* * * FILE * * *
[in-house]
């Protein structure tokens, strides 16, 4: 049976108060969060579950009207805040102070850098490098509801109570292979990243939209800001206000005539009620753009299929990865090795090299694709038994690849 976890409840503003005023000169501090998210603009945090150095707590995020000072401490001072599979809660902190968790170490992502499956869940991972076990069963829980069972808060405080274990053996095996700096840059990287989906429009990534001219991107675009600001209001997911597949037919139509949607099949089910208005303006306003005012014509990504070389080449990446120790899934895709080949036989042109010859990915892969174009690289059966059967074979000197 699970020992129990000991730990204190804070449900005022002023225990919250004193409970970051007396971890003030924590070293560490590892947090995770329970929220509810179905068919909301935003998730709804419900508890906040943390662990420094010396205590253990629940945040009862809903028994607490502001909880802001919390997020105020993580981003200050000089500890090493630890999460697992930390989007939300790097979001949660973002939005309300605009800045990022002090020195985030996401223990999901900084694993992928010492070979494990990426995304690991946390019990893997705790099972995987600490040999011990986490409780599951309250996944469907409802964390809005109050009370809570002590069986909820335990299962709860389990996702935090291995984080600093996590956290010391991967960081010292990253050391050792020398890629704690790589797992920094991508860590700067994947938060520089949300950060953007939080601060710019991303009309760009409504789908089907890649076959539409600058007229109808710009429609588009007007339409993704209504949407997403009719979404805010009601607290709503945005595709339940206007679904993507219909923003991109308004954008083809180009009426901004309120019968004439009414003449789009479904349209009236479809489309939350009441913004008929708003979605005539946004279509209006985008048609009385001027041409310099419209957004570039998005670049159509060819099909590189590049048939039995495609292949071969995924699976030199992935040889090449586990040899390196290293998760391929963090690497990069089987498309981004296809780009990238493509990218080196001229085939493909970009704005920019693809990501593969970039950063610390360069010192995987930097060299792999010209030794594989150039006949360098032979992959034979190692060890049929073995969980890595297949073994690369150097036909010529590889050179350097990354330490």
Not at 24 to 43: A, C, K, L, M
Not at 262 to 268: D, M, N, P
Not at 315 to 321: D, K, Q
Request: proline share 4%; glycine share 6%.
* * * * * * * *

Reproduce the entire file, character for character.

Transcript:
[in-house]
């Protein structure tokens, strides 16, 4: 049976108060969060579950009207805040102070850098490098509801109570292979990243939209800001206000005539009620753009299929990865090795090299694709038994690849 976890409840503003005023000169501090998210603009945090150095707590995020000072401490001072599979809660902190968790170490992502499956869940991972076990069963829980069972808060405080274990053996095996700096840059990287989906429009990534001219991107675009600001209001997911597949037919139509949607099949089910208005303006306003005012014509990504070389080449990446120790899934895709080949036989042109010859990915892969174009690289059966059967074979000197 699970020992129990000991730990204190804070449900005022002023225990919250004193409970970051007396971890003030924590070293560490590892947090995770329970929220509810179905068919909301935003998730709804419900508890906040943390662990420094010396205590253990629940945040009862809903028994607490502001909880802001919390997020105020993580981003200050000089500890090493630890999460697992930390989007939300790097979001949660973002939005309300605009800045990022002090020195985030996401223990999901900084694993992928010492070979494990990426995304690991946390019990893997705790099972995987600490040999011990986490409780599951309250996944469907409802964390809005109050009370809570002590069986909820335990299962709860389990996702935090291995984080600093996590956290010391991967960081010292990253050391050792020398890629704690790589797992920094991508860590700067994947938060520089949300950060953007939080601060710019991303009309760009409504789908089907890649076959539409600058007229109808710009429609588009007007339409993704209504949407997403009719979404805010009601607290709503945005595709339940206007679904993507219909923003991109308004954008083809180009009426901004309120019968004439009414003449789009479904349209009236479809489309939350009441913004008929708003979605005539946004279509209006985008048609009385001027041409310099419209957004570039998005670049159509060819099909590189590049048939039995495609292949071969995924699976030199992935040889090449586990040899390196290293998760391929963090690497990069089987498309981004296809780009990238493509990218080196001229085939493909970009704005920019693809990501593969970039950063610390360069010192995987930097060299792999010209030794594989150039006949360098032979992959034979190692060890049929073995969980890595297949073994690369150097036909010529590889050179350097990354330490």
Not at 24 to 43: A, C, K, L, M
Not at 262 to 268: D, M, N, P
Not at 315 to 321: D, K, Q
Request: proline share 4%; glycine share 6%.